Fruit and vegetables contain powerful antioxidants that help to protect skin from the cellular damage caused by free radicals. Free radicals are caused by smoking, pollution and sunlight and can cause wrinkling and age spots. Eat a rainbow of colourful fruit and vegetables and aim for at least five portions a day. Betacarotene, found in pumpkin, carrots and sweet potatoes, and lutein, found in kale, papaya and spinach are potent antioxidants, important for normal skin cell development and healthy skin tone.

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Something that comes in a box and lasts for years doesn’t have the nutrient value your body needs to regenerate. Fresh, nutritious food is vital to any natural skin care routine. No matter how many creams, lotions and other skin care products you slather on, your skin will be fighting an uphill battle without nourishment.

Get rid of as many chemicals as you can

Although natural and synthetic chemicals have improved life in industrialized countries in many ways, our bodies are only equipped to handle so much. See my previous post for more information. Pesticides, herbicides, and many of the chemicals in our food are toxic. And don’t forget the chemical cleaners we have under our sinks! If all our body’s energy is being used to get rid of excess toxins, it doesn’t leave much left over for the regeneration process. Eating organic food is another natural skin care basic.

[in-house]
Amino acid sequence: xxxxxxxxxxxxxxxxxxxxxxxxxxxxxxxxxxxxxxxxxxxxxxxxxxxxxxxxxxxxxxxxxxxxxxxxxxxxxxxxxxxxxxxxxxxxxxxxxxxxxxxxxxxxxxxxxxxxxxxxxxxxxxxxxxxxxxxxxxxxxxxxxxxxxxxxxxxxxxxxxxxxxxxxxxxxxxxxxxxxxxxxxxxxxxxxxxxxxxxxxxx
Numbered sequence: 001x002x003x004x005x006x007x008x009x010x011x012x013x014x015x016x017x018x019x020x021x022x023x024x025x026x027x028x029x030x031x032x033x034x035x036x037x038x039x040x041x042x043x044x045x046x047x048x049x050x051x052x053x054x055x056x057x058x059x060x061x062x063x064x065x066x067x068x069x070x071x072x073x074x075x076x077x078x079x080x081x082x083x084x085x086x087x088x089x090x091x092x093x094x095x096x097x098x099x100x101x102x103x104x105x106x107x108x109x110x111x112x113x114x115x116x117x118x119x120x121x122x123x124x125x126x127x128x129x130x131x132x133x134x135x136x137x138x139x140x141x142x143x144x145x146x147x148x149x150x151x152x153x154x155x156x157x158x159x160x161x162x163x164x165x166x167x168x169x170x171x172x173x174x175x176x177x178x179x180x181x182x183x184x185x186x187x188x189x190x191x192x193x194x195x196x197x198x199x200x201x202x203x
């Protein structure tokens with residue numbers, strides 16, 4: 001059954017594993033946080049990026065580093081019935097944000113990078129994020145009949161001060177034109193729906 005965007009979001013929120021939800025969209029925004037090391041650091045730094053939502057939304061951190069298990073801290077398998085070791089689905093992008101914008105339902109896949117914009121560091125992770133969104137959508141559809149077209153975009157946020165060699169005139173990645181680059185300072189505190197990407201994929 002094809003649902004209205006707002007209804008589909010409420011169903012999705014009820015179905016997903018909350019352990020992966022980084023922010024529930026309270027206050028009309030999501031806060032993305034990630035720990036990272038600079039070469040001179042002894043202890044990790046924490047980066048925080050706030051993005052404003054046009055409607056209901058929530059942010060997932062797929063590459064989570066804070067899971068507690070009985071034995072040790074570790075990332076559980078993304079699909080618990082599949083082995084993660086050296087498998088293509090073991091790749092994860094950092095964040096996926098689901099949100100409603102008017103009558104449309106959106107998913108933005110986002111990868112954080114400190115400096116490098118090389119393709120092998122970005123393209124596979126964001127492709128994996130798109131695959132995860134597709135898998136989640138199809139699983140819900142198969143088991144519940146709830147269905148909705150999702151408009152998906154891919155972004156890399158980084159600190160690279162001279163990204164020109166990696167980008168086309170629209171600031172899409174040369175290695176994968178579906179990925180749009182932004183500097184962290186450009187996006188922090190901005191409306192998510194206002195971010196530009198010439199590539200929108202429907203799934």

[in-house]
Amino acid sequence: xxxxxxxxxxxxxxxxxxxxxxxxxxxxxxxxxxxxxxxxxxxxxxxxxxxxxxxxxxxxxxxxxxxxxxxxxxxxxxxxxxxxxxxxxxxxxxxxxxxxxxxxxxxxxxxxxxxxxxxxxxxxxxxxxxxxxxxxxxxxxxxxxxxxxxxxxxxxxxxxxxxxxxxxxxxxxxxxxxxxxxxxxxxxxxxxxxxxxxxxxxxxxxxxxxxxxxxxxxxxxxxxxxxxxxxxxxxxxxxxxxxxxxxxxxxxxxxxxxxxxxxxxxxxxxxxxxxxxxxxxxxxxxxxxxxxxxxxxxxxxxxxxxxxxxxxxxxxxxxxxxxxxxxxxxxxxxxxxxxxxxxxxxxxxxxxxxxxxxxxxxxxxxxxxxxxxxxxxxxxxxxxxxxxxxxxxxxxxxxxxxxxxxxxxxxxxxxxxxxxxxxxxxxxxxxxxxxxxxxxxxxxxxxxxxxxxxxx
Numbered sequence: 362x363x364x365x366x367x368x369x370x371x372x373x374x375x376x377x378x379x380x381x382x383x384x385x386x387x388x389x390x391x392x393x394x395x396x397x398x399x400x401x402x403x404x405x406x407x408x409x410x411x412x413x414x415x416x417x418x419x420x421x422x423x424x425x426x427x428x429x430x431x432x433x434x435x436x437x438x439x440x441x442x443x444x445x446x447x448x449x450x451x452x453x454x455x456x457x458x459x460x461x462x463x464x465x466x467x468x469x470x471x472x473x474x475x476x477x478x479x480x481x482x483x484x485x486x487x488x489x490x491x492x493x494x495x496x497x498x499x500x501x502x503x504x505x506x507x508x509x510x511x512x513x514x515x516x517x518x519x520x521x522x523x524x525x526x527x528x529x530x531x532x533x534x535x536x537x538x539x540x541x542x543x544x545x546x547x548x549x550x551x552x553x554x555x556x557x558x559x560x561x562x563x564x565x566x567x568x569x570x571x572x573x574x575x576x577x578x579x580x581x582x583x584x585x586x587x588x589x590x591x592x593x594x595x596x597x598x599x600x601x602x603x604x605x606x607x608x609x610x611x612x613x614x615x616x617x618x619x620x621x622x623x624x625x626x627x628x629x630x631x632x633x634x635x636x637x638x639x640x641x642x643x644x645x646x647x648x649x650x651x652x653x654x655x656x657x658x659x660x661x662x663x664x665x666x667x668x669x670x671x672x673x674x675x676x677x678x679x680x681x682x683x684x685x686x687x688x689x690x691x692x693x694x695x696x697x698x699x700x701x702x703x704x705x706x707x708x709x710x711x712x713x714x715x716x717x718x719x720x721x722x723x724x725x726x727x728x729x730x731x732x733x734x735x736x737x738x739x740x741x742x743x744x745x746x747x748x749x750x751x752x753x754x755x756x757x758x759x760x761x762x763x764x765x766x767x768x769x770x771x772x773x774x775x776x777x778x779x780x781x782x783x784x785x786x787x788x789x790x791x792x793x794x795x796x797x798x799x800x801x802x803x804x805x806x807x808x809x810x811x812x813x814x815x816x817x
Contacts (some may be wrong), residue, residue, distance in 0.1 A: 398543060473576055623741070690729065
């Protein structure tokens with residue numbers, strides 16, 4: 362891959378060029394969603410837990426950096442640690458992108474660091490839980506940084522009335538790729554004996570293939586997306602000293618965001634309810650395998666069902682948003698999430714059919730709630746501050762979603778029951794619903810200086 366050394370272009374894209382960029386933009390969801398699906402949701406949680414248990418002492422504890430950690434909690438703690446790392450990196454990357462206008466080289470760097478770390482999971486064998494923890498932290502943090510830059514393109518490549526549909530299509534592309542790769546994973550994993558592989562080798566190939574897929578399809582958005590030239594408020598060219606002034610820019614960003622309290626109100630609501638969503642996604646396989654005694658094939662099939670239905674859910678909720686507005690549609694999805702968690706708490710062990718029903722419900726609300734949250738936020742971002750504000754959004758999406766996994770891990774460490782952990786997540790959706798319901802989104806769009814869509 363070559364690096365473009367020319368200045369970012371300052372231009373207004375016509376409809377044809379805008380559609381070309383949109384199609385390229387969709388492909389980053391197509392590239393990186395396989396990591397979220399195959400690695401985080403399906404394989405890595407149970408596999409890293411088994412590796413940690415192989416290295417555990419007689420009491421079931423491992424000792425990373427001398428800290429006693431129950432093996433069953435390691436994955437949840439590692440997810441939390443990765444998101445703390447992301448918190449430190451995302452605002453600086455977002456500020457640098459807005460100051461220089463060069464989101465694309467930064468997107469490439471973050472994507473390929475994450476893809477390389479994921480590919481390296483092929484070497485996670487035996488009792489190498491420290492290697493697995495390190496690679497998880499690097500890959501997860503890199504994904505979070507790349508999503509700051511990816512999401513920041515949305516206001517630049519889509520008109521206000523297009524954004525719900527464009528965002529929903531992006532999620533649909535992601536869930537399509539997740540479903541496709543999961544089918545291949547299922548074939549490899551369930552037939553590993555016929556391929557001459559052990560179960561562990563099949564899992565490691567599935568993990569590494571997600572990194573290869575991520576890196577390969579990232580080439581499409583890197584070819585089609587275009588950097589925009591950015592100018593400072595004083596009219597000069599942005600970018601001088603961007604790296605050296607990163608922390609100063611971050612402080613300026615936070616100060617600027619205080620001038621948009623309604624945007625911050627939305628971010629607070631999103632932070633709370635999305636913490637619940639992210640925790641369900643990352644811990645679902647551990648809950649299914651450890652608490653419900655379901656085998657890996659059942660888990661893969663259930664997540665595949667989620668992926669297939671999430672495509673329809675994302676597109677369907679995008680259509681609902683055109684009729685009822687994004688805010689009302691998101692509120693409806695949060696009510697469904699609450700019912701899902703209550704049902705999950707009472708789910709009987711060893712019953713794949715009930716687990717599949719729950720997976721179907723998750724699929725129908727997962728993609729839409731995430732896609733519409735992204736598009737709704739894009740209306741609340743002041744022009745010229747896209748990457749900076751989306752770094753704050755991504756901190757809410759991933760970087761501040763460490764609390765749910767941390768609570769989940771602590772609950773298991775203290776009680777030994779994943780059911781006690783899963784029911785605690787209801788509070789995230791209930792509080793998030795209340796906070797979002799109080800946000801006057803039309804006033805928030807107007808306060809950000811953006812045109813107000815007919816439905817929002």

Stop using skin care treatment products that are primarily made with chemicals. Don’t get fooled by the hype. There’s plenty of “miracle” products on the market they may help, but only in the short term. A lot of synthetic products actually damage your skin and health in the long term. Take mineral oil for example. It does help make your skin feel hydrated initially, but that’s because it draws moisture up to the surface of your skin. But obviously, if you take moisture out of your skin to the surface, it’s going to get very dry and damaged in the long run.

Also be wary of some products that say ‘natural’ on the label, but when you look at the ingredients you’ll find that the natural ingredients comprise only 2 or 3 percent. The rest are chemicals and some of them are toxic. Do a little research on this subject and use natural skin care products from companies that care about your health. Review my earlier post on the chemicals you should avoid, if in doubt.